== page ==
Jamaica, yu lucky!
The age-old expression 'you're lucky' is a pronouncement that good fortune favours you. It's an acknowledgement that even without effort, success comes to everything you touch, and like the Irish, blessings abundant follow you.
'You're lucky', however, when coloured by Jamaican context, has its own unique, very different meaning. 'You're lucky' is never to be confused with 'yu lucky'. Stylised and immortalised by Mr Colour himself, Keith 'Shebada' Ramsey, yu lucky (or 'yu luddy' in inner-city speak) has become the battle cry of Jamaican don't care. It means 'good for you and what you want, but I have my own plan, and I'm sticking to it'. Yu lucky apparently has been adapted as the unofficial slogan for quite a few of our government officials.
"What? You want me to end the wage freeze? Yu lucky."
"What? My constituents are going to the bathroom in scandal bags? Yu lucky."
"What was that about youth unemployment? Yu lucky; let me take a selfie."
Anthony Hylton and Omar Davies dealt a big fat yu lucky not only to the articulate minority, but to Jamaicans as a whole. After legitimate concerns were raised about the proposed signing of a US$5 billion, with a B, MOU between the Government of Jamaica and Anchor Financing, the signing took place like nothing ever happened. Business as usual. Perhaps the signatories saw those asking questions as political detractors just throwing cold water on progress. And so they proceeded.
Hylton went on to issue a yu lucky to the US ratings agency Dunn & Bradstreet as well, suggesting that he had secret information the agency wasn't privy to which made him a better assessor of Anchor. Really?
You wonder how 30 minutes of good ol' Google research can dig up what staff members and project consultants from all of two ministries never spotted before.
From where I sit, the issues need at least consideration; if not answers - and proceeding with the signing was a slap in the face and an irresponsible move. I await the results of the 30-day due diligence on May 21.
The water minister has also dealt out a big fat 'yu lucky' to all of us. In my article of July 29, 2014, I raked the minister over the coals for yet another set of water lock-offs. That evening in Parliament, to silence me and those others cleansing themselves in bath pans, the minister made a promise to begin de-silting of the Hermitage Dam in the last quarter of the financial year.
That quarter has come and gone and no work has been done (I called the ministry and checked). I see him saying, "You want water? Yu lucky. I have my tank at home."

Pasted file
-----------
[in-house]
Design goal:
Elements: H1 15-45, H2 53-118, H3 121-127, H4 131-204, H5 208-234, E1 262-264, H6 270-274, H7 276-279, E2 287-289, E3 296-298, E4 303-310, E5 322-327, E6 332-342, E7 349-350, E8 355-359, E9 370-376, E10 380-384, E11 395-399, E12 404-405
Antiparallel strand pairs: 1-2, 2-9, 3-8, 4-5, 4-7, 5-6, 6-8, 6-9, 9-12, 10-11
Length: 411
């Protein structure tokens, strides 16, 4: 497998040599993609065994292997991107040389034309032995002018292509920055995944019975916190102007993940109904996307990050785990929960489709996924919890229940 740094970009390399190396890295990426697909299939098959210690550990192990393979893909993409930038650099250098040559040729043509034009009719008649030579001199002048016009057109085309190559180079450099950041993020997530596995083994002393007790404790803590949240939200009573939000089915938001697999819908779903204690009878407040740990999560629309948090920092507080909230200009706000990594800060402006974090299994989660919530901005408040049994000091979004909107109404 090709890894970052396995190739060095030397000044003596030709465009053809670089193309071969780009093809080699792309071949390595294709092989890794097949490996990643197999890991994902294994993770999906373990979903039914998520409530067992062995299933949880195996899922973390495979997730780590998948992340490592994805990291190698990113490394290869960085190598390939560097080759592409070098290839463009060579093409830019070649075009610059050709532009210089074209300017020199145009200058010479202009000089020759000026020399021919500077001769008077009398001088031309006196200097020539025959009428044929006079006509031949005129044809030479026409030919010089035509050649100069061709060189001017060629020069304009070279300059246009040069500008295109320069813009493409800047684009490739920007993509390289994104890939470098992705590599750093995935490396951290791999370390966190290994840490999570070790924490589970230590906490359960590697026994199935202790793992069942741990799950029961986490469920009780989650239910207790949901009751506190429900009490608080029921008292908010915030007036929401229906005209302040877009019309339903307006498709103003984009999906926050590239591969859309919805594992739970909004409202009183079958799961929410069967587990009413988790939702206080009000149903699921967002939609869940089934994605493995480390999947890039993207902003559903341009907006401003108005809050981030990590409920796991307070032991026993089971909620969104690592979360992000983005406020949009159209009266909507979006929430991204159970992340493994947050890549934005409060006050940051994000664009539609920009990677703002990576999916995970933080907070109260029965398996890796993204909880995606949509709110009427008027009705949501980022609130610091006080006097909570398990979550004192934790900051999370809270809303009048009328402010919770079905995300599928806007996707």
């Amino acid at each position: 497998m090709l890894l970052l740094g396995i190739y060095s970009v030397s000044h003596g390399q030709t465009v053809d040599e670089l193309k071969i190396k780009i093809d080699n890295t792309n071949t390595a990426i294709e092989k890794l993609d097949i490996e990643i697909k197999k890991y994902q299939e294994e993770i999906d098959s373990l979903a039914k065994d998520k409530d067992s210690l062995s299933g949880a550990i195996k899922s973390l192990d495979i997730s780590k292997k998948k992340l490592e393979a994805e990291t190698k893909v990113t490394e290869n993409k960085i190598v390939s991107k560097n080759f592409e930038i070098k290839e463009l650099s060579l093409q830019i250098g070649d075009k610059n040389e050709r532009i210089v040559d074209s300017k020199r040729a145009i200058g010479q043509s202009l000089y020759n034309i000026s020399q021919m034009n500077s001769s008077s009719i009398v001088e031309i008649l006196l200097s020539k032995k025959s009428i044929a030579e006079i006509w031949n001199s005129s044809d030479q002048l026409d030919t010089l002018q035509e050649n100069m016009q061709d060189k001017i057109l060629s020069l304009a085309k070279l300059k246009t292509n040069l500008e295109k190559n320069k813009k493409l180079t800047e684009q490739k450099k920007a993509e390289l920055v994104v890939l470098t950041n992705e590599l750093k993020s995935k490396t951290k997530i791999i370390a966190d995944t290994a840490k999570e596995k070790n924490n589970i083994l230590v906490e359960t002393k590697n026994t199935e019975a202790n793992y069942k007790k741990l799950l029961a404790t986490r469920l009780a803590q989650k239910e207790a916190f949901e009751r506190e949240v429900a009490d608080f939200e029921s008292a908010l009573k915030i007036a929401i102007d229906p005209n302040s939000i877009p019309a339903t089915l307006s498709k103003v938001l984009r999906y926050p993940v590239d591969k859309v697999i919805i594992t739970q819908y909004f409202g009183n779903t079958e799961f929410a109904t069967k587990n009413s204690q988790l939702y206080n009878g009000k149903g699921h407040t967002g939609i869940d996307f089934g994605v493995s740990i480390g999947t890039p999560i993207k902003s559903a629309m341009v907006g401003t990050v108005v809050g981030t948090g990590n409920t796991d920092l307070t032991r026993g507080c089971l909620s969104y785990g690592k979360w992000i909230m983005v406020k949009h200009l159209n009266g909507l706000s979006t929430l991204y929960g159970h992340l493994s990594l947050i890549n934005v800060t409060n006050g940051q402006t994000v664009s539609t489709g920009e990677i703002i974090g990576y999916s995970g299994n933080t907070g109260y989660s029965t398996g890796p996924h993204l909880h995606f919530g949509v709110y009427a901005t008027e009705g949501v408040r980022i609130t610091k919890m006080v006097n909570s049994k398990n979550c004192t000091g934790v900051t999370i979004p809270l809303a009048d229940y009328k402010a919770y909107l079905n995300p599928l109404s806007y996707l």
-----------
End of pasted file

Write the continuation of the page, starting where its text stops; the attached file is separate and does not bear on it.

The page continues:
Perhaps the biggest yu lucky to date has been in health. Campaign promise satisfied, Jamaica now has free public health care, and boy, are we getting what we pay for!
I've long been told that 'anything free nuh good', and the horror stories I have heard from both workers in the health-care system and victims of it are nothing short of heart-breaking.
An overwhelming number of Jamaicans obviously can't afford to pay their way to good health. The truth is that no one who could afford to do better would subject themselves to a nine-hour wait at the clinic. No one who could afford to do better would sit at a public hospital with their vomiting baby for 11 hours hoping to see a doctor. No one would pray their ailments away until the 2018 surgery date they have been given, if they were in a position to do better.
However, we dare not complain. We asked for free health and we're getting it. No one ever promised that it would be good.
"Yu lucky! When my colleagues and I are sick, we take the plane to Miami."
I could think of so many other instances where we've all been told "yu lucky" by our elected officials. And we just take it. Who holds them accountable? If not us, who else? The IMF? President Obama?
Sidebar: I did find it hilarious when William Mahfood took the opportunity to dish out his own hearty dose of 'yu lucky' to the powers that be. The Private Sector Organisation of Jamaica and Wisynco boss flat out pretty much said, "What? Sugar tax? I'm not paying that. Yu lucky." And I loved it.
Luck has no real place in politics. And those who repeatedly rely on it, your luck will soon run out.